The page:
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5 hours ago, Al Cramer said:

That looks like a really nice fiddle for 275$ ! Wonder how it sounds...

I know absolutely nothing compared to the people who regularly post here, but did want to mention: you might want to consider replacing the pegs with "Perfection Planetary Pegs" (or the Wittner version thereof). You can do the work yourself: set of pegs is 75$, plus you might need a peg-reamer (around 30$, cost + shipping from Chinese suppliers on ebay). If you did that, you could get rid of all 4 of the fine tuners, plus relieve all the stress on the pegbox (I really love that beautiful repair).

If this interests you, check out the postings in Maestronet/Fingerboard re geared pegs. Players love them but it's a controversial topic as regards authenticity, respect for tradition, etc..

Agree except for using a cheap Chinese reamer, and will note that the geared pegs often require spiral bushing first because the existing holes are too large.  :)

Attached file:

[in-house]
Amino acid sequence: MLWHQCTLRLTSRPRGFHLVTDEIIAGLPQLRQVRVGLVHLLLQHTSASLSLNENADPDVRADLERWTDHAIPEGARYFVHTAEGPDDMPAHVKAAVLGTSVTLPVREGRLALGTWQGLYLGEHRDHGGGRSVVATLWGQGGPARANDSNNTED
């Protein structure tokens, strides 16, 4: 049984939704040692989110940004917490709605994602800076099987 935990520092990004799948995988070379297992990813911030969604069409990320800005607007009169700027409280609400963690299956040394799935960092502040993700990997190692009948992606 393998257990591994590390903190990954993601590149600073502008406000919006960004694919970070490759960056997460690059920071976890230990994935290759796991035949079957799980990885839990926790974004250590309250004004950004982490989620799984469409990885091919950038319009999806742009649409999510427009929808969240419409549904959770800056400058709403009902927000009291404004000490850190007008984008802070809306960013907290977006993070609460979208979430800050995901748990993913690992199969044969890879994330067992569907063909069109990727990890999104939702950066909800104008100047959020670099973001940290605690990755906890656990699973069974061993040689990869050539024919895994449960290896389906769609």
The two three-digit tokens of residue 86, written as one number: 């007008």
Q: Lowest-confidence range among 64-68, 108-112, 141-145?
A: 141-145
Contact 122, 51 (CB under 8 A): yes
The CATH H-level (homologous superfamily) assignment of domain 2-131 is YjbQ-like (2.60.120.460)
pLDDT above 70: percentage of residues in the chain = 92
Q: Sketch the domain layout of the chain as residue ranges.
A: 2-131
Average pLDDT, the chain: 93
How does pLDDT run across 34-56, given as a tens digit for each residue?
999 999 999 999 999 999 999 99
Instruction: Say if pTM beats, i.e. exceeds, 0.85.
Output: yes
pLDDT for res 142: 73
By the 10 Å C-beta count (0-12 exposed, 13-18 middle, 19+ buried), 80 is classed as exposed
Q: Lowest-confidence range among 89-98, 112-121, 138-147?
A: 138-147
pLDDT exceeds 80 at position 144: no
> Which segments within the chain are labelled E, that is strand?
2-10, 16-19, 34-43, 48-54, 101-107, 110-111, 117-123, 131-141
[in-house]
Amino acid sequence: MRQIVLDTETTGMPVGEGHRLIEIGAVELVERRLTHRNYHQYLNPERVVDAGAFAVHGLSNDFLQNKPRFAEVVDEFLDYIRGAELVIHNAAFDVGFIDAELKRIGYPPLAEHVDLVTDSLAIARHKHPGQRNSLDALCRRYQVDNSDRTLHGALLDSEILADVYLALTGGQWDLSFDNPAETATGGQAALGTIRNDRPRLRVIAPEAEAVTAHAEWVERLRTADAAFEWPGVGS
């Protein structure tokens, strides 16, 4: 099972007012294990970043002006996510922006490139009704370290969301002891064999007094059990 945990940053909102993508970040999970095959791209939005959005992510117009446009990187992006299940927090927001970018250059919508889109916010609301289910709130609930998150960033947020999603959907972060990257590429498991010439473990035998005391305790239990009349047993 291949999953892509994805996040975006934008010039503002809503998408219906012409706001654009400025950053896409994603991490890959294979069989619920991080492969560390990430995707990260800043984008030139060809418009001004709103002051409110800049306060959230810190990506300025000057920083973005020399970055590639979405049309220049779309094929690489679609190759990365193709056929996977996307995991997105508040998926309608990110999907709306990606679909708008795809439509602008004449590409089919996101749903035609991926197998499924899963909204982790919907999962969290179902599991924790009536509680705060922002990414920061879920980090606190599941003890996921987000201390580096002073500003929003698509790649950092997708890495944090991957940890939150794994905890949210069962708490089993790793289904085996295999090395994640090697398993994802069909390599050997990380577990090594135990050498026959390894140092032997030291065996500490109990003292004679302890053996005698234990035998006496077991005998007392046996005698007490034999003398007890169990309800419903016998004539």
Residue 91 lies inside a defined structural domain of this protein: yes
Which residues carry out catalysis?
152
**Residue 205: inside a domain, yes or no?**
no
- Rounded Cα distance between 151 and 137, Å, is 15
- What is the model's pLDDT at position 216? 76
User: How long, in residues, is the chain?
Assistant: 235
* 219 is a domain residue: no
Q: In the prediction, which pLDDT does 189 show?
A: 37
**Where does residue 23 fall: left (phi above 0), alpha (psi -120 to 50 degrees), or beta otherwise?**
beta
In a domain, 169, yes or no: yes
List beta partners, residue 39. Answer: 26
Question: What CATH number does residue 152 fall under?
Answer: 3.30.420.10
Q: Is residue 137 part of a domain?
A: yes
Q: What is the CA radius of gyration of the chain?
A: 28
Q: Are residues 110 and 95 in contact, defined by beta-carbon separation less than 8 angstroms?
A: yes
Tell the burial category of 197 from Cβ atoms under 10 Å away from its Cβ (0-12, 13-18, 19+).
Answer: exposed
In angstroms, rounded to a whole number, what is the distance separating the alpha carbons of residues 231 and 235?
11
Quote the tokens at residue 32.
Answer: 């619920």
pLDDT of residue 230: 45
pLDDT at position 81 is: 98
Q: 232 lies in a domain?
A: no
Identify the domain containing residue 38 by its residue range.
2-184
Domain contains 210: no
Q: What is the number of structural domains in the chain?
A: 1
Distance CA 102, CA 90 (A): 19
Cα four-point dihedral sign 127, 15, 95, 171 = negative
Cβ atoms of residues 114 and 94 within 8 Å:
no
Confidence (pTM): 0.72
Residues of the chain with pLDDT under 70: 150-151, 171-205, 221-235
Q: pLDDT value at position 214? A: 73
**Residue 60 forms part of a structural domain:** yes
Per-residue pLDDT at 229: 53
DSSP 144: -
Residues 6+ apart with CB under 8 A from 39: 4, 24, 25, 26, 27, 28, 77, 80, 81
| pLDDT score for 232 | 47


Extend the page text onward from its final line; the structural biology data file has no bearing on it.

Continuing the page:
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My main concern with the fiddle would be the dirty (presumably) open crack from the A peg (treble side) to the top of the peg box, that some jerk has screwed together. This will make the fitting of any sort of pegs a more involved operation. One should repair this first, and then fit proper pegs, no plastic shit.

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The preference for this sort of planetary or geared pegs seems to be an unbridgeable  cultural difference, in my environment these would be a reason for a significant devaluation.

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6 minutes ago, Blank face said:

in my environment these would be a reason for a significant devaluation.

Significant? Why? They can always be removed and replaced with traditional friction pegs.